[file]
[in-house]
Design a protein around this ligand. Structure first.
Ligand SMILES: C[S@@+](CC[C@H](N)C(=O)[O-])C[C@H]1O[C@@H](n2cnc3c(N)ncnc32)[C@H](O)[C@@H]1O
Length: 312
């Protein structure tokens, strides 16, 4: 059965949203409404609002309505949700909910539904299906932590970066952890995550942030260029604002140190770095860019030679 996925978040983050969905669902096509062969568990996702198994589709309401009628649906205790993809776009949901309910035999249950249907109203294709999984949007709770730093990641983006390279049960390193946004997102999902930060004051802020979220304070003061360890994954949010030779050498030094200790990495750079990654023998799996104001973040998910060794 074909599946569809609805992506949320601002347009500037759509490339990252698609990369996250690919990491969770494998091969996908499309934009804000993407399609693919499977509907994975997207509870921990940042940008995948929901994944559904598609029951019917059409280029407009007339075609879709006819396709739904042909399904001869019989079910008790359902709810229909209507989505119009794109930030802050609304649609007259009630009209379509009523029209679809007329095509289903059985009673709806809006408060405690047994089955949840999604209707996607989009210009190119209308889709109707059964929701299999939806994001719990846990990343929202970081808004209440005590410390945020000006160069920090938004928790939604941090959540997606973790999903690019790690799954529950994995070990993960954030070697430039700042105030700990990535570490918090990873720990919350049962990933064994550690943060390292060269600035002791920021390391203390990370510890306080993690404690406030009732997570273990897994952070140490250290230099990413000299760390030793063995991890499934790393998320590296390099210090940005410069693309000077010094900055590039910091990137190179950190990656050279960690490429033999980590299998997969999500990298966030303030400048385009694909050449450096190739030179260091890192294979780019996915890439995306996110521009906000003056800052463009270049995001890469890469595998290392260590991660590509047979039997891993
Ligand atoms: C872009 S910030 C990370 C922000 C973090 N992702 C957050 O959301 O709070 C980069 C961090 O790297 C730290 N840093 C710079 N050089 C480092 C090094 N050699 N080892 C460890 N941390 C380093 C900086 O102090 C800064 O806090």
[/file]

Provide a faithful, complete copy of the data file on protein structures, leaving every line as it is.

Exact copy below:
[in-house]
Design a protein around this ligand. Structure first.
Ligand SMILES: C[S@@+](CC[C@H](N)C(=O)[O-])C[C@H]1O[C@@H](n2cnc3c(N)ncnc32)[C@H](O)[C@@H]1O
Length: 312
């Protein structure tokens, strides 16, 4: 059965949203409404609002309505949700909910539904299906932590970066952890995550942030260029604002140190770095860019030679 996925978040983050969905669902096509062969568990996702198994589709309401009628649906205790993809776009949901309910035999249950249907109203294709999984949007709770730093990641983006390279049960390193946004997102999902930060004051802020979220304070003061360890994954949010030779050498030094200790990495750079990654023998799996104001973040998910060794 074909599946569809609805992506949320601002347009500037759509490339990252698609990369996250690919990491969770494998091969996908499309934009804000993407399609693919499977509907994975997207509870921990940042940008995948929901994944559904598609029951019917059409280029407009007339075609879709006819396709739904042909399904001869019989079910008790359902709810229909209507989505119009794109930030802050609304649609007259009630009209379509009523029209679809007329095509289903059985009673709806809006408060405690047994089955949840999604209707996607989009210009190119209308889709109707059964929701299999939806994001719990846990990343929202970081808004209440005590410390945020000006160069920090938004928790939604941090959540997606973790999903690019790690799954529950994995070990993960954030070697430039700042105030700990990535570490918090990873720990919350049962990933064994550690943060390292060269600035002791920021390391203390990370510890306080993690404690406030009732997570273990897994952070140490250290230099990413000299760390030793063995991890499934790393998320590296390099210090940005410069693309000077010094900055590039910091990137190179950190990656050279960690490429033999980590299998997969999500990298966030303030400048385009694909050449450096190739030179260091890192294979780019996915890439995306996110521009906000003056800052463009270049995001890469890469595998290392260590991660590509047979039997891993
Ligand atoms: C872009 S910030 C990370 C922000 C973090 N992702 C957050 O959301 O709070 C980069 C961090 O790297 C730290 N840093 C710079 N050089 C480092 C090094 N050699 N080892 C460890 N941390 C380093 C900086 O102090 C800064 O806090």